By doing so, he implemented the decision of an open sitting of the Freedom-of-Expression and Journalist Rights Committee at the Public Council under the regional administration, which discussed a conflict that had flared up between the MP and the press during a meeting with electors held by Motherland Party leader Igor Markov, who is running for a seat on the Regional Council. The incident occurred late on 5 September, when Grinchenko insulted V. Zaporozhets and broke V. Ivashkina’s photo camera.

“I want to officially apologize to Valeria Ivashkina in the first place, and second, to Vera Zaporozhets,” Grinchenko said. “Yes, I behaved in a manner unbecoming to an officer…”

Dumskaya Chief Editor Oleg Konstantinov and journalist Ivashkina said they were satisfied; they promised to withdraw the reports they had filed with the prosecutor’s office. Zaporozhets, for her part, refused to accept Grinchenko’s apology.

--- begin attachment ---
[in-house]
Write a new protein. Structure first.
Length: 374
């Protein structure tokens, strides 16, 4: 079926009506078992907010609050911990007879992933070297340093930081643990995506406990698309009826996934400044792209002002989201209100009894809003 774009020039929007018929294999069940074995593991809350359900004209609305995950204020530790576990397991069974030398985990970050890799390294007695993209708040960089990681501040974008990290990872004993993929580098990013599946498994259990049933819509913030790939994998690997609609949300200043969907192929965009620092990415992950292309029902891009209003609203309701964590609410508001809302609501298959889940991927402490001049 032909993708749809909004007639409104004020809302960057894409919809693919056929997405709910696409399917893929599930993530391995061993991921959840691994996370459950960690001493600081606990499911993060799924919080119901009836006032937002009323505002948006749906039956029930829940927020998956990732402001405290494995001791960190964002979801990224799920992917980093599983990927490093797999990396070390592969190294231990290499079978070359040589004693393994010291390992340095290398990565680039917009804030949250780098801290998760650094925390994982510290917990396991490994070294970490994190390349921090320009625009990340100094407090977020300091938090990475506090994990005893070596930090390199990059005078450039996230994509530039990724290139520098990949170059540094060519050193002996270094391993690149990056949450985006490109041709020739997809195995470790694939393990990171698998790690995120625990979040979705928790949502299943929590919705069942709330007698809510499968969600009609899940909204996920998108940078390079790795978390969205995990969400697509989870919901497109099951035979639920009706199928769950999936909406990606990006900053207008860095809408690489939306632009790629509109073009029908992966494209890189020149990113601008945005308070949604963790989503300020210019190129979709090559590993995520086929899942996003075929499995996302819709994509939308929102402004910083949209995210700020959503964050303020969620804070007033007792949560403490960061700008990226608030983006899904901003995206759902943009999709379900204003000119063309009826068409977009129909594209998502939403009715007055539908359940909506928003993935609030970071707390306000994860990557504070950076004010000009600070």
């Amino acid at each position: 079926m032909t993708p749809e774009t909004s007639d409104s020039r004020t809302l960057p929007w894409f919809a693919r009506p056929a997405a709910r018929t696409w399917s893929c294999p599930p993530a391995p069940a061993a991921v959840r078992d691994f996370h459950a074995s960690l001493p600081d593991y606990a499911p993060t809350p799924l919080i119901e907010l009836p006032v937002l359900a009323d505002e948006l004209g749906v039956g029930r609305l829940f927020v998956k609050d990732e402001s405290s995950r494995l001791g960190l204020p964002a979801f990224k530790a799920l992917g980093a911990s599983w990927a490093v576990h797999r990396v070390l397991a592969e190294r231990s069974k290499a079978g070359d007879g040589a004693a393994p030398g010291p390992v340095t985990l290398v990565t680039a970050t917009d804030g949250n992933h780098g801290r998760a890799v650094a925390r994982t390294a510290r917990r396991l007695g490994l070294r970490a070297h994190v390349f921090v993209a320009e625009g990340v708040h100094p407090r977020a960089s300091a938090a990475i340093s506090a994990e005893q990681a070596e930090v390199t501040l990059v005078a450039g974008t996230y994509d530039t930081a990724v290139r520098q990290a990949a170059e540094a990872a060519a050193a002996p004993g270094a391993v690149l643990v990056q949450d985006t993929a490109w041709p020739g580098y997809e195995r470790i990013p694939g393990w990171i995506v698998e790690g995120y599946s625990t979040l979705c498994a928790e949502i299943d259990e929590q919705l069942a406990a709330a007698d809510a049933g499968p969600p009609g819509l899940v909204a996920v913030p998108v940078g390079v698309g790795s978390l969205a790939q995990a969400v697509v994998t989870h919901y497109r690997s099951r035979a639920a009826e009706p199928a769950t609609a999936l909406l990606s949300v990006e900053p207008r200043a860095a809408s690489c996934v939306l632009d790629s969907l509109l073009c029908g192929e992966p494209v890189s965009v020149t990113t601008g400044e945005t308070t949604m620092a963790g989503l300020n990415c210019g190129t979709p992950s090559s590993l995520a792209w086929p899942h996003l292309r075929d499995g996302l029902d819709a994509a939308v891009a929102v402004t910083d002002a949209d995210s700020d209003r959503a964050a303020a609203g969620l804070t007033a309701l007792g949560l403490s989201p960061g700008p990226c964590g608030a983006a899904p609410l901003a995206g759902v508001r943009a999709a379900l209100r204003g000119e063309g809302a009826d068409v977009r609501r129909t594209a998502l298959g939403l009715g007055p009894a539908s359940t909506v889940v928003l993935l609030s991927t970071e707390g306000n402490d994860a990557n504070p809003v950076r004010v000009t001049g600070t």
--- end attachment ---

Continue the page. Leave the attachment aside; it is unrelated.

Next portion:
[Dumskaya.net report, 11 September]



News website in Trans-Baikal Region labelled “too democratic”, slated for closure

By Marina Meteleva, GDF correspondent in Siberian Federal District

A scandal has broken out in the Trans-Baikal Region: in response to a complaint filed by Chita Mayor Anatoly Mikhalyov on 22 June, the regional prosecutor’s office intends to have a court of law seal off access to the region’s oldest online news resource – the city web forum.

The mayor’s complaint came in the wake of his personal data disclosure on the web forum, where an announcement of preparations for judicial proceedings has now been posted, together with a report about Deputy Prosecutor Svetlana Kozlova’s lodging a legal claim urging five Internet service providers – Rostelecom, Transtelecom-Chita, Chita Multi-Cable Networks, Loctelecom and Mobile TeleSystems – to block access to the forum. The claim is to be heard by a panel of judges chaired by Judge Novikov, in the Central district court in Chita at 2 p.m. on 10 October.

Having checked the mayoral complaint as a preliminary measure, a special investigator at the regional Investigative Committee started criminal proceedings on 30 July against an unidentified police officer suspected of unlawfully selling to a chat forum participant (web nickname: Vedernikov) in 2009 a CD carrying “classified/restricted-access” information and “state secrets”, which data were published on 5 June on a foreign-based file-exchange web resource with links thereto on the city web forum.